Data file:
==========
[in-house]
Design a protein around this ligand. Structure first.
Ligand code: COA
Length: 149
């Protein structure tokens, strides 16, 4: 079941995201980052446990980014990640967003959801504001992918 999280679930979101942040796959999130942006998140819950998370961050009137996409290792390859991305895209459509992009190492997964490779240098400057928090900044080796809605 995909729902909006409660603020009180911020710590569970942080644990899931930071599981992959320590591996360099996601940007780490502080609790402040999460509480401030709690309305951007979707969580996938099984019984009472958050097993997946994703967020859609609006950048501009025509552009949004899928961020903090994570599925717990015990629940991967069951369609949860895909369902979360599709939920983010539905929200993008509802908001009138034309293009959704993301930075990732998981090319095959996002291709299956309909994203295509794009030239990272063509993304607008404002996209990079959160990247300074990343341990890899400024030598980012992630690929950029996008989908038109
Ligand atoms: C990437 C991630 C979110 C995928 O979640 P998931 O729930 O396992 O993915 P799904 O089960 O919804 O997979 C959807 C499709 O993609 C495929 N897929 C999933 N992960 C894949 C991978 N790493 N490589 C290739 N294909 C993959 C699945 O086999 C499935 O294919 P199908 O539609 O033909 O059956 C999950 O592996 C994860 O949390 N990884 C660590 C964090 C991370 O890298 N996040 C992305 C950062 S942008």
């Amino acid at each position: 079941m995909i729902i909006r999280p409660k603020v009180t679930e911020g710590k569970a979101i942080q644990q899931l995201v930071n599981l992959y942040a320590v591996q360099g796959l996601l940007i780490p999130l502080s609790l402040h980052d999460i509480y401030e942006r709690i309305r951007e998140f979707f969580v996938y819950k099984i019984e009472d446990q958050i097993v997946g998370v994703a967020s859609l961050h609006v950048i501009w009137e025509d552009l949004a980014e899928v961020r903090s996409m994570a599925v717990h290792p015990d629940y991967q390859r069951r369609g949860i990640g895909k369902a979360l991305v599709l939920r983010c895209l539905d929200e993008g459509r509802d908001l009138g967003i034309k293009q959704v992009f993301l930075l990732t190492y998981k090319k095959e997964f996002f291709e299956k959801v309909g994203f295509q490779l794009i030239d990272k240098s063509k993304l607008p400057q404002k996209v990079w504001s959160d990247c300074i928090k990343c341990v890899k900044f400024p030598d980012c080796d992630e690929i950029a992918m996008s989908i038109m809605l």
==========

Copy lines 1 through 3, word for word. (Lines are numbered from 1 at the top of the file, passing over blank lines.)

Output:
[in-house]
Design a protein around this ligand. Structure first.
Ligand code: COA